Beth Sholom SynagogueEdit profile
Beth Sholom Congregation is a Conservative synagogue located in the Philadelphia suburb of Elkins Park, Pennsylvania. It is the only synagogue designed by famed architect Frank Lloyd Wright. Beth Sholom is Hebrew for House of Peace.
The building is a startling, translucent, modernist evocation of an ancient temple, transposed to a Philadelphia suburb by Frank Lloyd Wright.
In 2007, the building was named a National Historic Landmark:
The congregation originally established its synagogue in the Logan neighborhood of Philadelphia in 1919 but was one of the first congregations to move to the suburbs at its present home in the 1950s.
- 1919-1964 - Rabbi Mortimer J. Cohen ז"ל* 1964-2000
- 1964-2000 - Rabbi Aaron Landes
- 2000-2003 - Rabbi Gershon Schwartz ז"ל
- 2003-2004 - Rabbi Frederic Kazan (interim)
- 2004–present - Rabbi David Glanzberg-Krainin
Current religious leadership also includes Rabbi Andrea Merow and Hazzan David Tilman.
- 1957-1967 - Cantor Seymour Schwartzman
- 1975-2011 - Hazzan David F. Tilman
The building was specially designed by Frank Lloyd Wright, who accepted the commission in September 1953. The building was completed and consecrated in 1959. With its steeply inclined walls of translucent fiberglass and plastic projecting skyward like a "luminous Mount Sinai" (Wright's own description), it has been cited as an example of the Mayan Revival architecture style. During the day, the interior is lit by natural light entering through the translucent walls overhead. At night, the entire building glows from interior artificial lighting.
In front of the synagogue, and separated from it by about 25 feet (7.6 m), is a laver or fountain. In ancient days, the laver (from the word "to lave" or "wash") was made of copper. In it worshipers would wash their hands before the sacrifice and service. The lovely fountain with flowing waters in front of the entrance is a symbol of the old laver and is also a symbol of purity upon entering religious worship.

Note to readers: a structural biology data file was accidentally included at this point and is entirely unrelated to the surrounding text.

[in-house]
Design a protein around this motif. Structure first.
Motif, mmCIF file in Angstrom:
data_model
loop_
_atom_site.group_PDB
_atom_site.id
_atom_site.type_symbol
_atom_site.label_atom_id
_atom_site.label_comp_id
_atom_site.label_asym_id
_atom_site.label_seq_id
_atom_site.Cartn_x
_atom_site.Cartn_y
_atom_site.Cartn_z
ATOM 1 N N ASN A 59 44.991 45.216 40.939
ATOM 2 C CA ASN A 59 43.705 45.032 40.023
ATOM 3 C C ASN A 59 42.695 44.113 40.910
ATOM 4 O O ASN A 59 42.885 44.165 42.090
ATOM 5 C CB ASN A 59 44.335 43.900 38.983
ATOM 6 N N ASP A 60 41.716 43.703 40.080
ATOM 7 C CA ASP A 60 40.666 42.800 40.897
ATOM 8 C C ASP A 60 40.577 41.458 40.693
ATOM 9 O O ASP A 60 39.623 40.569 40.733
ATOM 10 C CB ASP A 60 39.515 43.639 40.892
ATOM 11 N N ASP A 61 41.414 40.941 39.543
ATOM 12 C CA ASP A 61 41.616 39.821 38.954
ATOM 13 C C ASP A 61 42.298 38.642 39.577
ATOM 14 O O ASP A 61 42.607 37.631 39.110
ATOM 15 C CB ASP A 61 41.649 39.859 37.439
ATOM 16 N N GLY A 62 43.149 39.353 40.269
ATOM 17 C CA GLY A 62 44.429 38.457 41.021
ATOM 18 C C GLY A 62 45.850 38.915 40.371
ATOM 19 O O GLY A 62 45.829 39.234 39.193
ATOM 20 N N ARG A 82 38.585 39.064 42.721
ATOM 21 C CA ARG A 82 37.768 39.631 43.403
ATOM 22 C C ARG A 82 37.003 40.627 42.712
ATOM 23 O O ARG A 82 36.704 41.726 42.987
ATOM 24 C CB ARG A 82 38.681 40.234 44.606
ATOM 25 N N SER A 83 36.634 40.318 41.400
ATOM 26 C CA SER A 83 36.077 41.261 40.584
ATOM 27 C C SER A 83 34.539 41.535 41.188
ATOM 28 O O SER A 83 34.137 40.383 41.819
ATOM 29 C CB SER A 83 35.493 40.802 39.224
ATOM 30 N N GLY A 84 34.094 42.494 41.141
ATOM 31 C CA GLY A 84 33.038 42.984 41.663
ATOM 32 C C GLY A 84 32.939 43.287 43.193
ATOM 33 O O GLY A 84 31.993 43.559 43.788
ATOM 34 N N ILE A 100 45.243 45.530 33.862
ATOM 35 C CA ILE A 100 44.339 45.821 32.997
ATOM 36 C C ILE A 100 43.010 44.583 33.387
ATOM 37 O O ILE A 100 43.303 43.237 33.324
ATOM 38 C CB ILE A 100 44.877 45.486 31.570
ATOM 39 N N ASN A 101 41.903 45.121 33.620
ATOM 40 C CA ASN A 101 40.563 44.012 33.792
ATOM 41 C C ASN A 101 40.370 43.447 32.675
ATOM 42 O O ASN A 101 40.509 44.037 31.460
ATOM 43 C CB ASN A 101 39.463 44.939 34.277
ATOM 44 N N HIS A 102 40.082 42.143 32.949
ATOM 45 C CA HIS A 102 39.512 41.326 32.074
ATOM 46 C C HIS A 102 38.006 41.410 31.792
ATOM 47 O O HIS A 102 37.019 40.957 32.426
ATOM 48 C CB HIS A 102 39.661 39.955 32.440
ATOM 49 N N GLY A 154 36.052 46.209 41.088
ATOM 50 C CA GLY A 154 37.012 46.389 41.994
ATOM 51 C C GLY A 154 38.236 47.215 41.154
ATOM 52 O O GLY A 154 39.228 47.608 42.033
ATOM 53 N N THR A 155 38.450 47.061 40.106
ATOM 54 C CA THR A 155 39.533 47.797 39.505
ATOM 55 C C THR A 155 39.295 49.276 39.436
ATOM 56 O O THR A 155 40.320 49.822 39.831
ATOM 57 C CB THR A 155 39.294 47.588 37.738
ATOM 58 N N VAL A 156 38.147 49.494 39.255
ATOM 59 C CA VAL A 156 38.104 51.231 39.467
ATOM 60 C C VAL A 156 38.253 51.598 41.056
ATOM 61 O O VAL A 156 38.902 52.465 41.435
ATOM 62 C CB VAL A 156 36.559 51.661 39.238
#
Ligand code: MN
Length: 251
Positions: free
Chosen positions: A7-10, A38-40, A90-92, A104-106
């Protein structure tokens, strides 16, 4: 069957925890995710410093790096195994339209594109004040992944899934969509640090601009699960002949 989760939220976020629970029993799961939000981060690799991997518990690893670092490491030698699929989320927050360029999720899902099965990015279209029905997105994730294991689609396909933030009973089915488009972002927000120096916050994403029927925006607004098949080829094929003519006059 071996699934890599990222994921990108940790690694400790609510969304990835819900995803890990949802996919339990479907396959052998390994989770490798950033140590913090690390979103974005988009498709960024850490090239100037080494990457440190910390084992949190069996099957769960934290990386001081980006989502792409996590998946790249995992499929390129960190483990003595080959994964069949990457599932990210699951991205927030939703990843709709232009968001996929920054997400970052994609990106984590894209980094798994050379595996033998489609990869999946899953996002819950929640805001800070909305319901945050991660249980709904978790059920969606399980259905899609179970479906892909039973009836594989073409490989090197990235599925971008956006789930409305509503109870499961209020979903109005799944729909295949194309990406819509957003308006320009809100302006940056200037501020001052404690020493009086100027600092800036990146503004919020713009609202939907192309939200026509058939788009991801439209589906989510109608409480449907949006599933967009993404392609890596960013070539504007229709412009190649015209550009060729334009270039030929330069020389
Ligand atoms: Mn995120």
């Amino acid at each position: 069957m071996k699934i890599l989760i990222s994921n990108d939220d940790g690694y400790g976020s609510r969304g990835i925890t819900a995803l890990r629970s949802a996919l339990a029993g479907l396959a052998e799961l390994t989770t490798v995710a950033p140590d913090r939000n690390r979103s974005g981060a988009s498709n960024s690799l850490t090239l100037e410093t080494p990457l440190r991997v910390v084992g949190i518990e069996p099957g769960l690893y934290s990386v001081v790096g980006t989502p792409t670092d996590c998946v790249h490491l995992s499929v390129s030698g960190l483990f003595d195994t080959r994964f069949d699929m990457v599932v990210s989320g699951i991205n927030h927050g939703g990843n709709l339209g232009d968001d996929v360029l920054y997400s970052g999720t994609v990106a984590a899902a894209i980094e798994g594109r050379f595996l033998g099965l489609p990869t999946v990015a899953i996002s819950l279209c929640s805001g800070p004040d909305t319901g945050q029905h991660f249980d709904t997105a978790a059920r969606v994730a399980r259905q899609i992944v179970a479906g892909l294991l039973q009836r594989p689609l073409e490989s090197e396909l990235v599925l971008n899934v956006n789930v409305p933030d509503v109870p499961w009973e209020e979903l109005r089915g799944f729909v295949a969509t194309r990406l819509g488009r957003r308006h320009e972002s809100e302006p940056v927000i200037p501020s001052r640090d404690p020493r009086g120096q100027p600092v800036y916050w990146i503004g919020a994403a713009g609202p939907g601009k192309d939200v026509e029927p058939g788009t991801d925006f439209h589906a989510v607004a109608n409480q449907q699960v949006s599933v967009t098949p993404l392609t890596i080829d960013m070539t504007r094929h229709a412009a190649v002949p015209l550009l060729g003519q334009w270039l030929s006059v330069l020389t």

The main sanctuary is large enough to hold about 1020 people. The second sanctuary, which holds roughly a hundred, is on the first floor of the temple. The main sanctuary was placed on the second floor to inspire a feeling that the people in the room are closer to heaven. Adding to the impression is the enormous tented fiberglass roof rising towards the heavens. As with many Frank Lloyd Wright buildings, the roof of the synagogue leaks.
The synagogue is a part of the Frank Lloyd Wright Historic society and because of that, the current owners cannot make changes to the building without permission from the organization. For example, the carpet, which is a beige color symbolizing the sands of the desert the Jews had to cross, cannot be changed without permission of the body. This has made updating the building for modern electricity and heating difficult, causing the main sanctuary to be very cold in winter. The only exception to the needed approval was the addition of a chair lift so that the temple could comply with handicap laws. The floor plans of both sanctuary rooms do not allow for any additions or space changes required to accommodate members with wheel chairs.
The design is considered by critics to be the "most expressive" design drafted in Wright's career for any house of worship. It has been listed by the American Institute of Architects as one of the 17 American buildings which are to be preserved as an example of Wright's contribution to American architecture.
View from the back
View from the side
View from the back